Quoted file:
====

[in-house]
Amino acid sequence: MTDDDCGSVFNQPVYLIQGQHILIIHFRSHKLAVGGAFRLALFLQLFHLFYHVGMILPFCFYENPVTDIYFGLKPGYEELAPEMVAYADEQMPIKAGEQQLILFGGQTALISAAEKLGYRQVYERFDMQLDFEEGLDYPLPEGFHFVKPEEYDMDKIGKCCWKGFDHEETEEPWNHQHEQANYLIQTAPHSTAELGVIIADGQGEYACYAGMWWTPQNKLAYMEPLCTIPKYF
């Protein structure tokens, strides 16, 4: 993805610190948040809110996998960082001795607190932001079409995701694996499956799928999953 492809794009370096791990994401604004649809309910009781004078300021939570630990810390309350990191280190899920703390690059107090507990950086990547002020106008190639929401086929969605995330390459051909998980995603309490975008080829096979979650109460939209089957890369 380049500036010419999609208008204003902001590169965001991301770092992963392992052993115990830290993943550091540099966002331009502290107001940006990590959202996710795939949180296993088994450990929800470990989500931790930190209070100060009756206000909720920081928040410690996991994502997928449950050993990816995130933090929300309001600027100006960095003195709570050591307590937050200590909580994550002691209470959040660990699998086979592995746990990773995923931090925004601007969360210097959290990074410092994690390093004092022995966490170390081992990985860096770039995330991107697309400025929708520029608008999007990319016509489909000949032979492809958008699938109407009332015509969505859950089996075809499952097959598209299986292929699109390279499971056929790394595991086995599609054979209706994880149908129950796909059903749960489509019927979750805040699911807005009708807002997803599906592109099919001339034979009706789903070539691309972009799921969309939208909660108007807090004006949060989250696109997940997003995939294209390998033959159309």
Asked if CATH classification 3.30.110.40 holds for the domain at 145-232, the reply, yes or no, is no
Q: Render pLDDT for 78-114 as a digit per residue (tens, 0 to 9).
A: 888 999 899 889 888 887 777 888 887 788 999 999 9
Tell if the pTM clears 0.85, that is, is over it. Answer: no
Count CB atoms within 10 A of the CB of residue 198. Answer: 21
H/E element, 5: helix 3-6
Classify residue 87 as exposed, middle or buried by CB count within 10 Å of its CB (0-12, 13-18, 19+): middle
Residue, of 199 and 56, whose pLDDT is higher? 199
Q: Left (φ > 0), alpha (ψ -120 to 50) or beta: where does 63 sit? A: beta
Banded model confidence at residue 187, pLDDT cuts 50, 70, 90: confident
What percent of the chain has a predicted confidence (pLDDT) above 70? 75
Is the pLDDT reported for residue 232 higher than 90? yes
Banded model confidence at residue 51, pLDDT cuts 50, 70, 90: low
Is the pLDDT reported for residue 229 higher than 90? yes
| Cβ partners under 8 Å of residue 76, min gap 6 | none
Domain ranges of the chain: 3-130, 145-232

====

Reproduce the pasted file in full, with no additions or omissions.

[in-house]
Amino acid sequence: MTDDDCGSVFNQPVYLIQGQHILIIHFRSHKLAVGGAFRLALFLQLFHLFYHVGMILPFCFYENPVTDIYFGLKPGYEELAPEMVAYADEQMPIKAGEQQLILFGGQTALISAAEKLGYRQVYERFDMQLDFEEGLDYPLPEGFHFVKPEEYDMDKIGKCCWKGFDHEETEEPWNHQHEQANYLIQTAPHSTAELGVIIADGQGEYACYAGMWWTPQNKLAYMEPLCTIPKYF
């Protein structure tokens, strides 16, 4: 993805610190948040809110996998960082001795607190932001079409995701694996499956799928999953 492809794009370096791990994401604004649809309910009781004078300021939570630990810390309350990191280190899920703390690059107090507990950086990547002020106008190639929401086929969605995330390459051909998980995603309490975008080829096979979650109460939209089957890369 380049500036010419999609208008204003902001590169965001991301770092992963392992052993115990830290993943550091540099966002331009502290107001940006990590959202996710795939949180296993088994450990929800470990989500931790930190209070100060009756206000909720920081928040410690996991994502997928449950050993990816995130933090929300309001600027100006960095003195709570050591307590937050200590909580994550002691209470959040660990699998086979592995746990990773995923931090925004601007969360210097959290990074410092994690390093004092022995966490170390081992990985860096770039995330991107697309400025929708520029608008999007990319016509489909000949032979492809958008699938109407009332015509969505859950089996075809499952097959598209299986292929699109390279499971056929790394595991086995599609054979209706994880149908129950796909059903749960489509019927979750805040699911807005009708807002997803599906592109099919001339034979009706789903070539691309972009799921969309939208909660108007807090004006949060989250696109997940997003995939294209390998033959159309």
Asked if CATH classification 3.30.110.40 holds for the domain at 145-232, the reply, yes or no, is no
Q: Render pLDDT for 78-114 as a digit per residue (tens, 0 to 9).
A: 888 999 899 889 888 887 777 888 887 788 999 999 9
Tell if the pTM clears 0.85, that is, is over it. Answer: no
Count CB atoms within 10 A of the CB of residue 198. Answer: 21
H/E element, 5: helix 3-6
Classify residue 87 as exposed, middle or buried by CB count within 10 Å of its CB (0-12, 13-18, 19+): middle
Residue, of 199 and 56, whose pLDDT is higher? 199
Q: Left (φ > 0), alpha (ψ -120 to 50) or beta: where does 63 sit? A: beta
Banded model confidence at residue 187, pLDDT cuts 50, 70, 90: confident
What percent of the chain has a predicted confidence (pLDDT) above 70? 75
Is the pLDDT reported for residue 232 higher than 90? yes
Banded model confidence at residue 51, pLDDT cuts 50, 70, 90: low
Is the pLDDT reported for residue 229 higher than 90? yes
| Cβ partners under 8 Å of residue 76, min gap 6 | none
Domain ranges of the chain: 3-130, 145-232